Labral Tears

 

What Are labral tears?

A labral tear is a tear of the cartilage rim on the edge of the socket of the hip joint.

Labral tears can occur in association with sporting activities, following a specific injury or incident, or can develop over time. Some underlying causes of labral tears include hip impingement, instability, and internal snapping hip.

When a labral tear occurs, the joint loses its lubrication and stability. This can compromise the articular cartilage and can lead to arthritis, possibly progressing to the need for hip replacement even in young patients.


what are the symptoms of a labral tear?

A torn labrum can cause a patient to experience deep, sharp pain in the groin area. Pain may radiate into the thigh or down the leg, and may be dull or sharp.

Clicking, catching, locking, stiffness, feelings of instability, weakness and decreased athletic performance are also symptoms of a labral tear.

how are labral tears treated?

When surgery is needed, arthroscopic repair of the labrum can effectively treat pain, and may restore the lubrication, function and stability of the hip joint.

Labral repair is performed using small anchors with sutures attached. These anchors are placed into the bone, and the sutures are used to sew the labrum back to the acetabulum. This highly technical procedure allows sufficient restoration of the hip’s native anatomy essential to recreating the hips suction seal.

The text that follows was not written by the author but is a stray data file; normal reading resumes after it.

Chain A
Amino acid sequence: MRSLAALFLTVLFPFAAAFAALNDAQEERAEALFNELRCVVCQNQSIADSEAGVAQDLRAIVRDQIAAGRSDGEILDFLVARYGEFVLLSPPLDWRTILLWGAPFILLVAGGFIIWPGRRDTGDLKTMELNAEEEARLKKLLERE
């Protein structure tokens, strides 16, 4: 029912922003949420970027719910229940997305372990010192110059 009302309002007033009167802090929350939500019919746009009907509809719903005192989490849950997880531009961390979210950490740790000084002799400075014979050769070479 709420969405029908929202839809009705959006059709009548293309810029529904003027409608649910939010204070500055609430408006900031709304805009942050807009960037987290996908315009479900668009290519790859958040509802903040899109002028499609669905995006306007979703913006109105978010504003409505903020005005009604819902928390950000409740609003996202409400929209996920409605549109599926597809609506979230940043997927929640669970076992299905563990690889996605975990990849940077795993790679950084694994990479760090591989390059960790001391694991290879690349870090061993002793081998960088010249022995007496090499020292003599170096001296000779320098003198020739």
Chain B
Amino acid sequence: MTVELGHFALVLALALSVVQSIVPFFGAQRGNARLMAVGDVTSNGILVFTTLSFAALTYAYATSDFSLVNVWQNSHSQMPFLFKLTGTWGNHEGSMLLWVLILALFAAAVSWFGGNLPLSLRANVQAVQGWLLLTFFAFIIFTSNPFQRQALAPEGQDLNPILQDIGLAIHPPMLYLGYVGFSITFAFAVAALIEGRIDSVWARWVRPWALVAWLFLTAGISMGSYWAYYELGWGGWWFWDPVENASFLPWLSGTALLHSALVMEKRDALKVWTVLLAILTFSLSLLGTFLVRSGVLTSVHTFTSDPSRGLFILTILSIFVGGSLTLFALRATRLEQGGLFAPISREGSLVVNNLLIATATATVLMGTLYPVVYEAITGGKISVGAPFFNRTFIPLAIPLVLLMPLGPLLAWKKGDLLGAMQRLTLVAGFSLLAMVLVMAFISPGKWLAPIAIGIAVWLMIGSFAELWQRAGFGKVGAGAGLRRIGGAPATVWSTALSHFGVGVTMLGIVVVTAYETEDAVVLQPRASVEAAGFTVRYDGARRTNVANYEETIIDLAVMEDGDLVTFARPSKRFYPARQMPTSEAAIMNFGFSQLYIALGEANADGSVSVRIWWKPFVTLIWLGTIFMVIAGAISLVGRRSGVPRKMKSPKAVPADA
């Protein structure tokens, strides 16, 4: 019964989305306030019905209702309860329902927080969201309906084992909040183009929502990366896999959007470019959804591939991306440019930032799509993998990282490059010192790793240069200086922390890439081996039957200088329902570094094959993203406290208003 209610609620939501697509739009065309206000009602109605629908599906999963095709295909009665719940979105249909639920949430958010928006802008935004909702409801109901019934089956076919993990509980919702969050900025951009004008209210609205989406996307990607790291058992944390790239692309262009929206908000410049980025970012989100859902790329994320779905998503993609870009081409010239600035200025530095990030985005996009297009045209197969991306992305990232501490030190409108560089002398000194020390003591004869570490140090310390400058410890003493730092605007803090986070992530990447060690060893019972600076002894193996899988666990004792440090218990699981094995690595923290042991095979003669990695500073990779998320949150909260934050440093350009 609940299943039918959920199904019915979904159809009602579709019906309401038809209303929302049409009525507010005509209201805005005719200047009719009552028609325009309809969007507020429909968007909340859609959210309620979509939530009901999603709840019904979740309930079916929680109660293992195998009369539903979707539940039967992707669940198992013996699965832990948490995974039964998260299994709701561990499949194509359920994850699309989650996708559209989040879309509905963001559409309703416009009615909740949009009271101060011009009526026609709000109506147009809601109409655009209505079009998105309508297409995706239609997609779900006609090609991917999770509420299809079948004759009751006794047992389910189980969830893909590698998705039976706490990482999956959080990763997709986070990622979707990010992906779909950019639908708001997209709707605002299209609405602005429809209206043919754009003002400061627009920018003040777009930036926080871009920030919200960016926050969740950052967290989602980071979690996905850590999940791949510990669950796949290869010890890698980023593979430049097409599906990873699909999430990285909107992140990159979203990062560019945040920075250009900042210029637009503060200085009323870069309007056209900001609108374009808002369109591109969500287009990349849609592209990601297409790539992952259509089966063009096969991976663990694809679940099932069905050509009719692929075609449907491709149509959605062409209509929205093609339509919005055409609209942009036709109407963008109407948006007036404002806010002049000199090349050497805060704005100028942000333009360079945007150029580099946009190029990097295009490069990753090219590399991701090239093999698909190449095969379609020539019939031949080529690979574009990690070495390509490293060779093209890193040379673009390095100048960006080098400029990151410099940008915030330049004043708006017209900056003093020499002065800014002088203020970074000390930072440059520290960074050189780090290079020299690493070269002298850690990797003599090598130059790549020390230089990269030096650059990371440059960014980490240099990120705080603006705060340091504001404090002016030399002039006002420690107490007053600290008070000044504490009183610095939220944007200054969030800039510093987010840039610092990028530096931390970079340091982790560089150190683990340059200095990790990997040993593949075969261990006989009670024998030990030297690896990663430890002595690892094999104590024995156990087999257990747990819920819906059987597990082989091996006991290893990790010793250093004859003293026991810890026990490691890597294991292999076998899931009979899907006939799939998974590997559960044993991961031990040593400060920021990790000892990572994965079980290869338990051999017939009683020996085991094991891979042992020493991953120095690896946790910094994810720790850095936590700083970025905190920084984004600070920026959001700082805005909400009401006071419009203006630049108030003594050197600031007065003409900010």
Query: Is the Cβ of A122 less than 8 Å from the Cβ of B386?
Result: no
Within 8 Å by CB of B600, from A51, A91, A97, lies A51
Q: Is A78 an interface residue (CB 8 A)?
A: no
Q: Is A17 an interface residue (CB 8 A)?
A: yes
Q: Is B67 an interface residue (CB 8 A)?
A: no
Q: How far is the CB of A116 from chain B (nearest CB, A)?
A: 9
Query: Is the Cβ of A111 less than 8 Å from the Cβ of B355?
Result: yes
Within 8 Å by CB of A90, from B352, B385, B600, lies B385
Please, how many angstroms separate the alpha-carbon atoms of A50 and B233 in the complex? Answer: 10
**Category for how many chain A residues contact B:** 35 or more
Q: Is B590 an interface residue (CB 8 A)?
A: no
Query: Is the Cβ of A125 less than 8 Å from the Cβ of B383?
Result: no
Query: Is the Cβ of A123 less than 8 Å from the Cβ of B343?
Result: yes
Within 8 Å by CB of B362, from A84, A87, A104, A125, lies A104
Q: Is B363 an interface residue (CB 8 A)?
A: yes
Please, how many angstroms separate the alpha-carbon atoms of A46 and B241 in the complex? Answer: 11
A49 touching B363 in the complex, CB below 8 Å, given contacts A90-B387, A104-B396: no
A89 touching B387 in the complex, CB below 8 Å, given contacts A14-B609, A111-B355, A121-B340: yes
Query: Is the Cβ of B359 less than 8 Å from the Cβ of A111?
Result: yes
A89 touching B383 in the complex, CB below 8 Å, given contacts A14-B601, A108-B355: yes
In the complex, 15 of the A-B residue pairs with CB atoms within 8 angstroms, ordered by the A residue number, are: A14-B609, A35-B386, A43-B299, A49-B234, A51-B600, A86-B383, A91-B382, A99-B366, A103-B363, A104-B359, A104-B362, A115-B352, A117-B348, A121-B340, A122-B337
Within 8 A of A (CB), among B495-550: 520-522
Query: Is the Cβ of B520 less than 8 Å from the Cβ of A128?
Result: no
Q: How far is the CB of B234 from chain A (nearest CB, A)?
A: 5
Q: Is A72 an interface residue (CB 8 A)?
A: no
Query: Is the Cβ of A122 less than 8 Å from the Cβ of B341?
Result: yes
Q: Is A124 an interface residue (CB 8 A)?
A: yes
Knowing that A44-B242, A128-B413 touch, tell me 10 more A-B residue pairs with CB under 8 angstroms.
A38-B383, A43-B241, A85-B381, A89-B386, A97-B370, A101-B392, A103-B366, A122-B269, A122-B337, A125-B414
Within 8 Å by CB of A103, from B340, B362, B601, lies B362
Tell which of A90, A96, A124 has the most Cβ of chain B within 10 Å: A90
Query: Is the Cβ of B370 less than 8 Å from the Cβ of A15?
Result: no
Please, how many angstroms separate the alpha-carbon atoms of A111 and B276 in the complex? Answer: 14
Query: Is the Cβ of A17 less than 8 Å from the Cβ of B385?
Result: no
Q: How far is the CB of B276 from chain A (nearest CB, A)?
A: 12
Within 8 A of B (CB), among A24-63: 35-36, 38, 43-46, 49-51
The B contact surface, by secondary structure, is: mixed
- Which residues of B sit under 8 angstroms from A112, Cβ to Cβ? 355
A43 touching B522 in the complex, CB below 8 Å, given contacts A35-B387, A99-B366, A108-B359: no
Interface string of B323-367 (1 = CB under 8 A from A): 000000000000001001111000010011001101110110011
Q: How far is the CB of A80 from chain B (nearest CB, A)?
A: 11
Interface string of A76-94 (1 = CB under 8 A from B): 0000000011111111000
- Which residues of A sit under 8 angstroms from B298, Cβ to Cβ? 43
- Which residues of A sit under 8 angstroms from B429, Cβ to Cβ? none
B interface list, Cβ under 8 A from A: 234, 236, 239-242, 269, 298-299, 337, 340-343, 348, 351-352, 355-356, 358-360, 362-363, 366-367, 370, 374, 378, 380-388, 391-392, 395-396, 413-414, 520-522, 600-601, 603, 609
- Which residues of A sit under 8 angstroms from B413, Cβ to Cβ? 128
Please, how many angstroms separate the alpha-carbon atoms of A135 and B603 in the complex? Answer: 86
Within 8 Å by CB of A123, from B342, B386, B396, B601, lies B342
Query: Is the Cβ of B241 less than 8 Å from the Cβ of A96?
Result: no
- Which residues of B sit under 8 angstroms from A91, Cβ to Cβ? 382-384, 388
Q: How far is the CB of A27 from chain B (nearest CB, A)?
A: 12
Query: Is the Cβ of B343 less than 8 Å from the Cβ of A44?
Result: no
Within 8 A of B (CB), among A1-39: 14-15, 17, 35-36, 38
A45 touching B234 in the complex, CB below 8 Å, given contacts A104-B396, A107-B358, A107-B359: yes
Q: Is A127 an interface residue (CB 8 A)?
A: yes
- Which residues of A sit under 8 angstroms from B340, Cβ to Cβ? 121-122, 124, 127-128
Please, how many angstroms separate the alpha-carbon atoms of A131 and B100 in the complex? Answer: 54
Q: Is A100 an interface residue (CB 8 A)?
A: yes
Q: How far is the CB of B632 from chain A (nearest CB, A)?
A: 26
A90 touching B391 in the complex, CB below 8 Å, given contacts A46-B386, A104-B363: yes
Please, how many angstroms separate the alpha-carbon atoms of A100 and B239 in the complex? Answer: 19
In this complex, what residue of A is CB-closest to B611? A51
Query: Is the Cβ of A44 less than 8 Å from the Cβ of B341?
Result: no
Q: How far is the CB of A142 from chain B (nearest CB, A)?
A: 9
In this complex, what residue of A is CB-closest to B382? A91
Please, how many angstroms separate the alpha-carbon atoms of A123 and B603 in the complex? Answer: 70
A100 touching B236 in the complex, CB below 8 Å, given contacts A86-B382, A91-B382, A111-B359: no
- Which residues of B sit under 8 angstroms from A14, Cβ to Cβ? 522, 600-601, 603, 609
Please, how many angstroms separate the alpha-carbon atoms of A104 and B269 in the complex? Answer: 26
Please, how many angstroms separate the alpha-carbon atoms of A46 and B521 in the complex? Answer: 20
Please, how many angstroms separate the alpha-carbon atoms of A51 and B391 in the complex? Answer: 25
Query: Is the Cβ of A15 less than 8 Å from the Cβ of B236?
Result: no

Hip arthroscopy is usually an outpatient procedure, with minimal pain. The typical postoperative course involves 2 weeks in a hip brace and 2 weeks on crutches to protect the work done on the hip. A brace may be required for 6 weeks, and crutches may be required for up to 8 weeks if the hip’s condition requires a more extensive surgery. Most patients begin riding a stationary bicycle and begin physical therapy the day after surgery.

Patients usually return to work as soon as a 2-3 days after their procedure, depending on their work type. Athletes can expect to return to sports between 3-6 months after surgery. High-level athletes participate in an intense physical therapy course after surgery, gradually increasing their workout intensity.